UN Security Council holds urgent meeting on Syria conflict with calls for truce

Updated: 2016-09-26 09:45


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UN Security Council holds urgent meeting on Syria conflict with calls for truce

Photo taken on Sept 25, 2016 shows the United Nations Security Council holding an emergency meeting on the situation in Syria, at the UN headquarters in New York, the United States.[Photo/Xinhua]

UNITED NATIONS - During a testy -- including a walkout -- emergency Security Council meeting on Sunday called in wake of "one of the worst" weeks in Syria in nearly six years of fighting, the UN special envoy vowed to continue his role but pleaded with the panel "to enforce a cessation of hostilities (CoH) in Syria."

The walkout, by the ambassadors of France, Britain and the United States, occurred while Syria's Ambassador Bashar Ja'afari near the end of the 2 1/2 hour session on the increased Syrian attacks on "terrorists" in his country's "second capital," said, "The Syrian government will recapture the whole town of Aleppo. The entire town."

"These are indeed chilling days," said Staffan de Mistura, the UN special envoy, for Syria and "for the people of Aleppo in particular. The past week has been one of the worst ones in Syria during the near six years of this devastating conflict."

He asked the council to press for a cessation of the violence and protection of civilians and civilian infrastructure, weekly 48-hour pauses in the fighting for aid convoys "without preconditions neither from the government nor frankly from the opposition" and "to press for medical evacuations ... from eastern Aleppo."

"Amid intensive air strikes reported on Friday, following the announcement of the beginning of a government offensive, an announcement was made by the government itself," de Mistura said, resulting in "scores of reported civilian deaths and injuries, including those of many children."

"We have seen the situation in eastern Aleppo deteriorate to new heights of horror," the veteran diplomat said.

"I am still convinced that we can turn the course of events," he said. "We have proven this more than once before."

De Mistura said he has been asked several times, "'Why don' t you resign at this point? Frankly all this is leading nowhere and this will send a strong signal.' No I am not. Because any sign of me resigning would be a signal that the international community is abandoning the Syrians, and we will not abandon the Syrians, and neither will you."

All 15 members of the council spoke during the session, many siding with Britain, France and the United States -- who called the meeting -- while a few sided with Russia in what has turned the Syrian civil war into a proxy battle many say is reminiscent of the Cold War. A few were quite direct, rather undiplomatically, naming states they felt were in the wrong.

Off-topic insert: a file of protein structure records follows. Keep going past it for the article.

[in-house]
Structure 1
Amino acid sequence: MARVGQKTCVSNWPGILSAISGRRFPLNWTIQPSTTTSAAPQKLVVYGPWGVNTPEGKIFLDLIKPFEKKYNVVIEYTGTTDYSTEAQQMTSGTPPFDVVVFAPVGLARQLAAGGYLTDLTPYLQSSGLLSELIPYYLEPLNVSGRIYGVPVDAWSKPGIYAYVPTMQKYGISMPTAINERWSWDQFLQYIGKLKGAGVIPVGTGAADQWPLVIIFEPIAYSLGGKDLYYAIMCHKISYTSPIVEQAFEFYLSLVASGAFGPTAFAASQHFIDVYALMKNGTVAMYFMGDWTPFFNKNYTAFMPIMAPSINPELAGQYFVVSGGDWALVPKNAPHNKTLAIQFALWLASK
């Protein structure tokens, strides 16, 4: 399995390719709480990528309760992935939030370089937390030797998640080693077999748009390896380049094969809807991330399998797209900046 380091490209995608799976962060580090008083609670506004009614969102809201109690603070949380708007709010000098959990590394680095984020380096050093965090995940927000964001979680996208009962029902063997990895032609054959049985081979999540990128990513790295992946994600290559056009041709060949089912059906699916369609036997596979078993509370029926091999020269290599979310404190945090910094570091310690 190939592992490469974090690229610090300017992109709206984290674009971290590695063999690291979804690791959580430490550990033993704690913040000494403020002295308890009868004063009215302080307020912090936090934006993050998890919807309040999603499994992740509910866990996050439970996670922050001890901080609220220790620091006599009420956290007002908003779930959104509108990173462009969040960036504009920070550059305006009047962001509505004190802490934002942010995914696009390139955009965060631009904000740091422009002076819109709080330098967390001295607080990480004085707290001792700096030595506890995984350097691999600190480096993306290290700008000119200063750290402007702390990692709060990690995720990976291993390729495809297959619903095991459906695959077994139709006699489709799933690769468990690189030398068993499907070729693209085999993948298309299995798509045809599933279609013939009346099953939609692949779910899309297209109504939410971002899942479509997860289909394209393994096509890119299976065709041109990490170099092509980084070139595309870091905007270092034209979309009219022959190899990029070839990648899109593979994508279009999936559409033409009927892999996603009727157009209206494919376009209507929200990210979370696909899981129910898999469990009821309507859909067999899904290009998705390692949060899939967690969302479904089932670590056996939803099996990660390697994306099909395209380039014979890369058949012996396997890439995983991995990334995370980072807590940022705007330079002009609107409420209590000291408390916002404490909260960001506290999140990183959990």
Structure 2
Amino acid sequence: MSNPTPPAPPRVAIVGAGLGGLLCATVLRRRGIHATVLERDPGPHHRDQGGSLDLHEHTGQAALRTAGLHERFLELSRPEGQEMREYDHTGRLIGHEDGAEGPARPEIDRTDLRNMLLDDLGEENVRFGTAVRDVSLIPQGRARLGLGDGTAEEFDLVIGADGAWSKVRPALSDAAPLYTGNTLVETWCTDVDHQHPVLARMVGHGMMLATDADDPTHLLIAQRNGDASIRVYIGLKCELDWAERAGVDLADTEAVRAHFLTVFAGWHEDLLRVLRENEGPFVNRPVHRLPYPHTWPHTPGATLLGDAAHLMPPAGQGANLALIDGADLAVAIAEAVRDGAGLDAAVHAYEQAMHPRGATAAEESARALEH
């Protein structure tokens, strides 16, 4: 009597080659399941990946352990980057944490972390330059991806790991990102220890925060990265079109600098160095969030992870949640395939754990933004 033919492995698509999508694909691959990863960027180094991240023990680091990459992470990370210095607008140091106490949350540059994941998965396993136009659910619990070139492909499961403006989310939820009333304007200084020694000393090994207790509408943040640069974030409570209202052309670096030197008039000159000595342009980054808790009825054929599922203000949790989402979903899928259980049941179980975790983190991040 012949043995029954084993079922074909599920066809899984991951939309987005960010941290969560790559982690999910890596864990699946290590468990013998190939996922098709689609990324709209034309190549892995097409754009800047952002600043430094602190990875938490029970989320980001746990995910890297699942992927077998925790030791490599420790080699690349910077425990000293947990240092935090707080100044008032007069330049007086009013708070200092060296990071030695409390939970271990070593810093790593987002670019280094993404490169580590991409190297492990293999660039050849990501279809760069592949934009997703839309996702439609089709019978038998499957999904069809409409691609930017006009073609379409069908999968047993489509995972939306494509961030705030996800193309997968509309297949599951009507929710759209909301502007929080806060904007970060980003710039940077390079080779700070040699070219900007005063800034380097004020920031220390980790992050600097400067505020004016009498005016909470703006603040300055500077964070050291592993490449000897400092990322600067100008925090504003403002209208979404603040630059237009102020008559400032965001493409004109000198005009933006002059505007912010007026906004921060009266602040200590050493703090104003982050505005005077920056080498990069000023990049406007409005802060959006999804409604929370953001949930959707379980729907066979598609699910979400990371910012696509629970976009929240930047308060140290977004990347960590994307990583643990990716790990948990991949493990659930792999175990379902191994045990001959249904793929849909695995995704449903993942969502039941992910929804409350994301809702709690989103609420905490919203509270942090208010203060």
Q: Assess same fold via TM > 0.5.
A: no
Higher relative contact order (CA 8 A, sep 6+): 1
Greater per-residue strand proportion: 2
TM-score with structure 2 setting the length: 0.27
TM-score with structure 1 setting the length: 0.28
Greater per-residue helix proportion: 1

Russia says it was invited by Syria to help fight off terrorists and the West says it is supporting only "moderate" rebels and not terrorists.

Ja'afari insisted the Syrian government was only defending itself from terrorists but would sit down with representatives of non-terrorist opposition groups.

He said Britain, France and the United Sates, "weep and they have crocodile tears" for Aleppo and asked if Britain would give away Scotland, France relinquish Corsica or "the United States give away Texas."

"The Syrian government will not give away a single inch of our territory," said the Damascus envoy who accused the trio of western nations of "falsely" calling armed opposition groups in Syria "moderates."

Britain's Ambassador Matthew Rycroft, French Ambassador Francois Delattre, walked out of the council chamber while the Syrian ambassador was speaking.

"We need to decide how to stop this, now," Rycroft said of the Aleppo siege on Twitter. "Syria's UN ambassador is not interested in that decision. That's why I just walked out of" the UN Security Council.

"France, together with the US and the UK (United Kingdom), called for this emergency meeting of the Security Council because we are simply horrified by what we are watching in Aleppo," Delattre told reporters after the walkout. "Aleppo is to Syria what Sarajevo was to Bosnia, or what Guernica was to the Spanish war."

"This city epitomizes the Syrian tragedy more than any other," he said. "Aleppo, this symbolic city that dates back several millennia, this world heritage site, this crossroads where so many civilizations colluded and converged, is now experiencing a medieval type of siege. What a symbol, and frankly, what a shame!"

"Today, the Syrian regime and its allies are sending a message loud and clear to the world, the Paris envoy said. "They are determined to besiege, starve, and bomb Aleppo until they reach their military goal: eradicating the opposition. That is what this siege is all about. It is clear that the various negotiations were nothing else in the minds of the regime in Damascus than a smoke screen."

"That's why France is calling for the immediate implementation of the US-Russia (CoH) agreement, starting in Aleppo: Aleppo first in terms of both the cessation of hostilities and the humanitarian access."